Thursday, September 25, 2014

True and Tilden's Folly




The first step in the founding of the town of Bunker Hill was the establishment of a store.  In 1836, Moses True and John Tilden returned from St. Louis, Mo. bringing a wagon load of groceries, dry goods, etc., which were placed in a building where Tilden ran the store.

The general population did not share the anticipation of the proprietors and they ludicrously called it "True and Tilden's Folly" and it was proclaimed abroad that "The Yankee and his money will soon be parted."  The settlement lay on the direct mail stage route to St. Louis, Mo, by way of Edwardsville and Springfield, and the Old Tavern became a stopping place on that route.



Eventually a stagecoach line was established between the Mississippi River front at Alton and Springfield.  Transportation from St. Louis was by boat to Alton.  In 1838, the first stagecoach line was established, with the main trail being from Alton to Springfield.  The stagecoach stopped many times between these two cities, the local stops being Fosterburg, Woodburn, and Centerville.

The stage route entered Woodburn from the south past the present Woodburn Cemetery and exited to the north.  There was another stop at Pennington place before entering Centerville.  The Bunker Hill Stage Route met up with the Woodburn route at Centerville before going on to Carlinville and then to Springfield.

...Read more about this and other Bunker Hill, IL historical stories at http://bunkerhillhistory.org

--Cite this story: Redford, Carol, and Betty Triplett. "Bunker Hill History." In Reflections: A History of the Bunker Hill-Woodburn Area, 6-7. Bunker Hill: Bunker Hill Publications, 1993. Provided by the Bunker Hill Historical Society.


Redford, Carol, and Betty Triplett. "Woodburn History." In Reflections: A History of the Bunker Hill-Woodburn Area, 13. Bunker Hill: Bunker Hill Publications, 1993. Provided by the Bunker Hill IL Historical Society.
 
 

Thursday, September 18, 2014

Miss Edna Bauser - The Youngest Postmaster



March 29, 1940: An open competitive examination to fill the vacancy in the position of Postmaster in this city has been announced by the United States civil Service Commissioner at the request of the Postmaster General.  Mr. E. A. Bauser has been Postmaster here for the past three and a half years, retiring recently due to ill health.  Miss Edna Bauser has been acting Postmaster since her father's retirement.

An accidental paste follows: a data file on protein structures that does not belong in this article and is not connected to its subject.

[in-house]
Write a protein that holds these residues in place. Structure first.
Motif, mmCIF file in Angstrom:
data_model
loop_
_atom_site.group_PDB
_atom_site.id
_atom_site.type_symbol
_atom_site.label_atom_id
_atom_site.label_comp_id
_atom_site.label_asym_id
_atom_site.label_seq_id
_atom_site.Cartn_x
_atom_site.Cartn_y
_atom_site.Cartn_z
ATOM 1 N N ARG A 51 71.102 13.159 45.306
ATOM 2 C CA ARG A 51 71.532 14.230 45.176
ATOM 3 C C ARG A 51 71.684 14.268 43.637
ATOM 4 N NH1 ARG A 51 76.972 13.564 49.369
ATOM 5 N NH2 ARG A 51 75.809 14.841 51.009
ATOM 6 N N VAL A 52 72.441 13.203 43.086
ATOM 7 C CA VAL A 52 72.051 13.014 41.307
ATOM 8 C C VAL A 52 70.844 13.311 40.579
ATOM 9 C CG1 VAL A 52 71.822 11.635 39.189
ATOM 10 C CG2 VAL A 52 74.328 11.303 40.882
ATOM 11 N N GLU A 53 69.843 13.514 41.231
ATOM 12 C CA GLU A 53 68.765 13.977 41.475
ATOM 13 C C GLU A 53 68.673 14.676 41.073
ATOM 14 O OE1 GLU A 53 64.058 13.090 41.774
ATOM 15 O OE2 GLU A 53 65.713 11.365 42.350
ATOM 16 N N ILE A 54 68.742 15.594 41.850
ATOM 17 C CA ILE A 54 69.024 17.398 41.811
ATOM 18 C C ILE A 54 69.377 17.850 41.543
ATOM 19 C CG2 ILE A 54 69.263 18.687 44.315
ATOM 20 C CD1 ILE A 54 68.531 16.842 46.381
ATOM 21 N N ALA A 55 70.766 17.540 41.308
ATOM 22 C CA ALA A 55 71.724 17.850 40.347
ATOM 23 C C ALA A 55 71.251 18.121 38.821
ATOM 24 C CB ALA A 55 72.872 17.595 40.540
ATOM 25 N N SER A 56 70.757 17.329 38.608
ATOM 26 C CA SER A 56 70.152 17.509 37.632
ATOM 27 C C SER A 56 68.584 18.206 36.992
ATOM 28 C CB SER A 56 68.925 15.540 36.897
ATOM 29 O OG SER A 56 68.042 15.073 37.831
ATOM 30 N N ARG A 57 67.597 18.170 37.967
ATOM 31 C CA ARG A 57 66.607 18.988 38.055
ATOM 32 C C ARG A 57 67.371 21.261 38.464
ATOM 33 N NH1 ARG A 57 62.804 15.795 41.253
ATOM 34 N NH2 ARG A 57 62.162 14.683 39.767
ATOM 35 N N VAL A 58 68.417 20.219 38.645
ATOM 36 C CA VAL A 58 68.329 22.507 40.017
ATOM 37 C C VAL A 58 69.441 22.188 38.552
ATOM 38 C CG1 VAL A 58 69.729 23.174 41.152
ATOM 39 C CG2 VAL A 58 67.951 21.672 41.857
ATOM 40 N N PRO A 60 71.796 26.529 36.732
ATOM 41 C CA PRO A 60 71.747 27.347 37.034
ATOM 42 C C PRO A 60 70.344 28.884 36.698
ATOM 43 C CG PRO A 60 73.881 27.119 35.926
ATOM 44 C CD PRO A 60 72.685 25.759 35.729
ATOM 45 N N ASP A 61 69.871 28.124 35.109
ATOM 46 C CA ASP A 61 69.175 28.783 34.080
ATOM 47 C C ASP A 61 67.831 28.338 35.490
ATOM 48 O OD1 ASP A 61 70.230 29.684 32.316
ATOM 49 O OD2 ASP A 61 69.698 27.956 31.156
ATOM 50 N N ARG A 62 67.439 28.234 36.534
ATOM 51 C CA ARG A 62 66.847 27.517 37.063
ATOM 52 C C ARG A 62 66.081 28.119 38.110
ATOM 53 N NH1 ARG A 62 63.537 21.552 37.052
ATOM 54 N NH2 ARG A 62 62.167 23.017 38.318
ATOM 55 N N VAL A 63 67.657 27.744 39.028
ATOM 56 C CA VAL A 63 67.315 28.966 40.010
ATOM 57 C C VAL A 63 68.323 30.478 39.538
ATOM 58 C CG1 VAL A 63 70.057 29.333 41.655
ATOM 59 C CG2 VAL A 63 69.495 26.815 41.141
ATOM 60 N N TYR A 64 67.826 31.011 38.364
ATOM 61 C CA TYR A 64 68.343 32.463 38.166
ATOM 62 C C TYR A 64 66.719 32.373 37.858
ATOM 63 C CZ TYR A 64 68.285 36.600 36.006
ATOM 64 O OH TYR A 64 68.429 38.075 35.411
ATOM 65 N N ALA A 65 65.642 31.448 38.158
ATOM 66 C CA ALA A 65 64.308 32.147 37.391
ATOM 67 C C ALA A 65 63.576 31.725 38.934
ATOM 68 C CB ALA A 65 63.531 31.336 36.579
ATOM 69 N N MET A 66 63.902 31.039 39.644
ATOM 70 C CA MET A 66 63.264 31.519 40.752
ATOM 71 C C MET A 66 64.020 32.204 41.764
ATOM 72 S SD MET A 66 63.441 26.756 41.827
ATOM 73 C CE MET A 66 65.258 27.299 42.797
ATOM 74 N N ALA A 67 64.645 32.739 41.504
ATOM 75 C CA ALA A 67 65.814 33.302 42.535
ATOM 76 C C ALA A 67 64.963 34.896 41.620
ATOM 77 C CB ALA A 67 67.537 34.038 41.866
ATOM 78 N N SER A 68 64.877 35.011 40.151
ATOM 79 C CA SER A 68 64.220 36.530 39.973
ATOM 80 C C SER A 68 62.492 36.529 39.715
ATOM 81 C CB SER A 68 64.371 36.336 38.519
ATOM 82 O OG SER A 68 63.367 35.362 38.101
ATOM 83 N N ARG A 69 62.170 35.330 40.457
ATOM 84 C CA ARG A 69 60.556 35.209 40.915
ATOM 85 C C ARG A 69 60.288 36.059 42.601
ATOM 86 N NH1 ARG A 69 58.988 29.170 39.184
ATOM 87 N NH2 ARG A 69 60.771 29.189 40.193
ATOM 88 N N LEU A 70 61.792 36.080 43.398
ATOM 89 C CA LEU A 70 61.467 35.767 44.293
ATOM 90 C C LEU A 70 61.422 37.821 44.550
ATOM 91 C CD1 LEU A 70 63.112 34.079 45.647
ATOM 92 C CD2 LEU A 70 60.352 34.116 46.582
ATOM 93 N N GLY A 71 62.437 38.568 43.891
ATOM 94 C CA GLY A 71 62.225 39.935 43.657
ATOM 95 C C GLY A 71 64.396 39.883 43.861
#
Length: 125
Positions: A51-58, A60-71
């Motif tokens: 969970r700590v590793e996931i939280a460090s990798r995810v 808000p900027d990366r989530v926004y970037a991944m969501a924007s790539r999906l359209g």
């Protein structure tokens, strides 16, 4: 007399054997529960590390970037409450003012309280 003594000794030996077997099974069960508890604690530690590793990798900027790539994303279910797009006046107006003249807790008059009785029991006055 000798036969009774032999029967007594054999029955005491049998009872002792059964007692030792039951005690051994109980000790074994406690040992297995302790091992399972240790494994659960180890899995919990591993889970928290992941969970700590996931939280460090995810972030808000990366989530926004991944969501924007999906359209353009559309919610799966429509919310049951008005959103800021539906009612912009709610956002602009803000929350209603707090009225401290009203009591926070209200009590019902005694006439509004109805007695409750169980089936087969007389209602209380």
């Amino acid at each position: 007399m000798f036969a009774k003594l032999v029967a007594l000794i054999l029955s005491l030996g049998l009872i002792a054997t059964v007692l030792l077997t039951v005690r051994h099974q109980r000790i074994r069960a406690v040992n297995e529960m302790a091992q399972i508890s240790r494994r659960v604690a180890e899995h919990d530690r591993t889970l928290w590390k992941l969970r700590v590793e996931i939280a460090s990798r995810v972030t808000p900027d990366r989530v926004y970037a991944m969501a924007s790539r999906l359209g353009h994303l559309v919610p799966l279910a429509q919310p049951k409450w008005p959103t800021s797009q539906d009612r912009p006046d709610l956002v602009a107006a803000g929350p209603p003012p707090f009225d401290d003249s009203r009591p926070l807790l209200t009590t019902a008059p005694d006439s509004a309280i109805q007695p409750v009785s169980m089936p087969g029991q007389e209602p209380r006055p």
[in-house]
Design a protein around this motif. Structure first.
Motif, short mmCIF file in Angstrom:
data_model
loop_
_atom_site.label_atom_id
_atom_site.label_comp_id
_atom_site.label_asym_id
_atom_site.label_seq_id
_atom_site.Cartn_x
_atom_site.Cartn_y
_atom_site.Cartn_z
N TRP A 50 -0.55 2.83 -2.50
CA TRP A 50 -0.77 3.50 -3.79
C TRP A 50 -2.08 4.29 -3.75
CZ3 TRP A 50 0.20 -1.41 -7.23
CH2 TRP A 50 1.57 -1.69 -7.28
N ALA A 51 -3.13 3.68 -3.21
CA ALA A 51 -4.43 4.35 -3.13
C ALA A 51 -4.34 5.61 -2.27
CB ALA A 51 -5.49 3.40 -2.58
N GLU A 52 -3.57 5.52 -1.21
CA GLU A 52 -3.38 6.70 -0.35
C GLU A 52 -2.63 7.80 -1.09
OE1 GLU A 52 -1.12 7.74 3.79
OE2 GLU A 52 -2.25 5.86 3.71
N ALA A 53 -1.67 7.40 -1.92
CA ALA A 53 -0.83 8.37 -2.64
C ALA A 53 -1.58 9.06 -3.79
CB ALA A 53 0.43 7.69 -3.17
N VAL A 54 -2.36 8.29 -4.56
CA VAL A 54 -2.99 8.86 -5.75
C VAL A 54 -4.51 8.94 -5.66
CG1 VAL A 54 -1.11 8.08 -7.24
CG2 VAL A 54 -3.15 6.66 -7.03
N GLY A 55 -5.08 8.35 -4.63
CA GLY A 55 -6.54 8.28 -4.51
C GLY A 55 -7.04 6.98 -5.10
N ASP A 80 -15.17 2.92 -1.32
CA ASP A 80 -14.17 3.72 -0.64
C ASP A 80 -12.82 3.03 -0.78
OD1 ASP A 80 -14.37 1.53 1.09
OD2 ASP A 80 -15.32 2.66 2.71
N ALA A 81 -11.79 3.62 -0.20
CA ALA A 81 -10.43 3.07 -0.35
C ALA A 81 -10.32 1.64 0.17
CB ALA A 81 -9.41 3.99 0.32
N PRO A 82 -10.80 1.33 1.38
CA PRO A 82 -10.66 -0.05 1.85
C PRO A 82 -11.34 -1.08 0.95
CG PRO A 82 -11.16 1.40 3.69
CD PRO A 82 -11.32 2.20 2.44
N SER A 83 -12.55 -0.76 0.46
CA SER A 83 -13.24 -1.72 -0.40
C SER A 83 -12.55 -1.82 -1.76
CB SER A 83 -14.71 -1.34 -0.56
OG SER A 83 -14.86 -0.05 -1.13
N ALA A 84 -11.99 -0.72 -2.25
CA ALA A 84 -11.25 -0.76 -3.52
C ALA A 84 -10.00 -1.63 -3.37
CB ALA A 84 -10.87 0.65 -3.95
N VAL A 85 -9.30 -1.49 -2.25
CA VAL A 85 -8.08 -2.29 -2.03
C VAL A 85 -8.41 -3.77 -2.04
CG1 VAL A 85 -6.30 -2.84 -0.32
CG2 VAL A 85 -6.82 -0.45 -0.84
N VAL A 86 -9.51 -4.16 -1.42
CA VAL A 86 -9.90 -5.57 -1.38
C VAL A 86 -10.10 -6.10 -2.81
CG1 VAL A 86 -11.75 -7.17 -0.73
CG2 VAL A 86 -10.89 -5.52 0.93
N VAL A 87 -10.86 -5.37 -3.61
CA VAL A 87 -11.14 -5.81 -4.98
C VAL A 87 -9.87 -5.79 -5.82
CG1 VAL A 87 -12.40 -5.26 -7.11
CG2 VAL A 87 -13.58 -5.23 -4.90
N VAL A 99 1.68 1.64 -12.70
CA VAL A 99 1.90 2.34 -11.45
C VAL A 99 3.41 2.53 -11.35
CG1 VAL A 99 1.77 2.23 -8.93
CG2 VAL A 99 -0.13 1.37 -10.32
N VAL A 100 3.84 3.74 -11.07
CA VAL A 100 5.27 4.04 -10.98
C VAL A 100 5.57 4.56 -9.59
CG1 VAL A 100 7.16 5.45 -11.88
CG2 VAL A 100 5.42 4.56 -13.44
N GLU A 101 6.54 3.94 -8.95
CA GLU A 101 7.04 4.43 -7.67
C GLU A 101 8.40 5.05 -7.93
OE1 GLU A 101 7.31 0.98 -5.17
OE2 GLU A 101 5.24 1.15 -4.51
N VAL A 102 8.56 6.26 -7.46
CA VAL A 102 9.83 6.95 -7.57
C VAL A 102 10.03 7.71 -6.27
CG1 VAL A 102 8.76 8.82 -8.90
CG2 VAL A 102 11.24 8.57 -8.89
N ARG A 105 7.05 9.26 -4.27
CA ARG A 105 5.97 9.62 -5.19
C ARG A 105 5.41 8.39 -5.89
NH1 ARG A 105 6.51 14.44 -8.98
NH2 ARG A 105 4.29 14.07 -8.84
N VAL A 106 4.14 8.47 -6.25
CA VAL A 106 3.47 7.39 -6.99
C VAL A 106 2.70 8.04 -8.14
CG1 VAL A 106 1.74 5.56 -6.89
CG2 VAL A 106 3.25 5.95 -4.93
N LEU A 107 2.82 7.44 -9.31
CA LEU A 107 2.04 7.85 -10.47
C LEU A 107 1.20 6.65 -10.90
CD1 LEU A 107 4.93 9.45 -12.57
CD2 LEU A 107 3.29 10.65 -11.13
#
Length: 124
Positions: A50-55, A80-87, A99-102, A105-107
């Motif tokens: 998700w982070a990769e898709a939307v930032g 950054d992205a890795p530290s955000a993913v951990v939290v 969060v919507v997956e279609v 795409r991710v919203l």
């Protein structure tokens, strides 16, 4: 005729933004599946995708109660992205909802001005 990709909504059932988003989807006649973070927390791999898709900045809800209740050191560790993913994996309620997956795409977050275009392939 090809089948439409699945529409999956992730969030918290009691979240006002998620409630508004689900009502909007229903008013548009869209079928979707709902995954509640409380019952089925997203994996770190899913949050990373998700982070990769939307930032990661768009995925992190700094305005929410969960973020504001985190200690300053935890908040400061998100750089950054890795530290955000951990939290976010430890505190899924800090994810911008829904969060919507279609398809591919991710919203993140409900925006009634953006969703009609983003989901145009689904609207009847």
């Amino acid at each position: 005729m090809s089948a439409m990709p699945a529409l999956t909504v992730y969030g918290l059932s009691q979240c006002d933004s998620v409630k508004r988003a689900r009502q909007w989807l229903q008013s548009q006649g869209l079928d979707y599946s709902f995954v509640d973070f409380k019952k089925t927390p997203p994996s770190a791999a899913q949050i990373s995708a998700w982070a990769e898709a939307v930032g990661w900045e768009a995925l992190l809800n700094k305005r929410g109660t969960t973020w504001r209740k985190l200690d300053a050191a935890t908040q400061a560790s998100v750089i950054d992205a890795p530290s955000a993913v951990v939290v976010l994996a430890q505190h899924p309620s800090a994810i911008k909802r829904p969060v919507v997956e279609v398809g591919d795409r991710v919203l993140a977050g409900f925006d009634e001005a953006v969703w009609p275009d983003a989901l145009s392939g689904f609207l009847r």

October 10, 1940: Miss Edna Bauser received telegrams earlier this week from Senators James M. Slatterly and Scott W. Lucus stating her appointment as Postmaster at Bunker Hill has been confirmed by the Senate.  Miss Bauser, 22, is one of the youngest postmasters in the United States.

--Cite this story: Stanton, Carl, ed. Bunker Hill Revisited: From the Files of The Bunker Hill Gazette and The Bunker Hill News. 1920-1940 ed. Vol. 6. Bunker Hill: Stanton, 2006. 234, 242. Provided by the Bunker Hill IL Historical Society.

Thursday, September 11, 2014

The Skaer Brothers


From Bunker Hill Revisited
1892-1900 Volume Three

December 13, 1899: (Advertisement) SUBSTANTIAL SAVINGS FOR EVERYBODY IN OUR END OF CENTURY PRICES---SKAER BROTHERS.  This is the first mention of the approaching new century.  It turned out to be the only mention in the Gazette of the coming of the New Year.

December 20, 1899: Skaer Brothers are newcomers among us since last year, and now are engaged in business, formerly conducted by D.H. Johnston.

October 17, 1900: As we are going to press comes the sad news of the killing of Henry Skaer by the railroad cars at East Alton.  He had gone to St. Louis to buy goods on Tuesday.  When returning, they train, No. 6, due here at 6:08, made its usual stop at East Alton.  Mr. Skaer got off the train, caught hold of the railing with one hand, clutched with the other, but missed his footing and fell under the train.  Death was instant.  Mr. Skaer was just 24 years of age.  he came among us but a year ago and established himself in the dry goods and clothing business.

From Bunker Hill Revisited
1901-1910 Volume Four

January 31, 1902: A disastrous conflagration visited Bunker Hill last Wednesday morning and wrought its fearful work.  About 3 o'clock, night watchman Schreier discovered smoke issuing from the Skaer Brothers store.  A fire alarm was immediately turned in and the fire company responded promptly.  In a short time, a number of citizens were called out and every effort was put forth to quench the flames.  It was soon evident that the Skaer Bros. store would be consumed.

--Cite this story: Stanton, Carl, ed. Bunker Hill Revisited: From the Files of The Bunker Hill Gazette and The Bunker Hill News. 1892-1900 ed. Vol. 3. Bunker Hill: Stanton, 2000. 290-291, 326-327. Provided by the Bunker Hill IL Historical Society.  

Stanton, Carl, ed. Bunker Hill Revisited: From the Files of The Bunker Hill Gazette and The Bunker Hill News. 1901-1910 ed. Vol. 4. Bunker Hill: Stanton, 2003. 19-20.  Provided by the Bunker Hill IL Historical Society.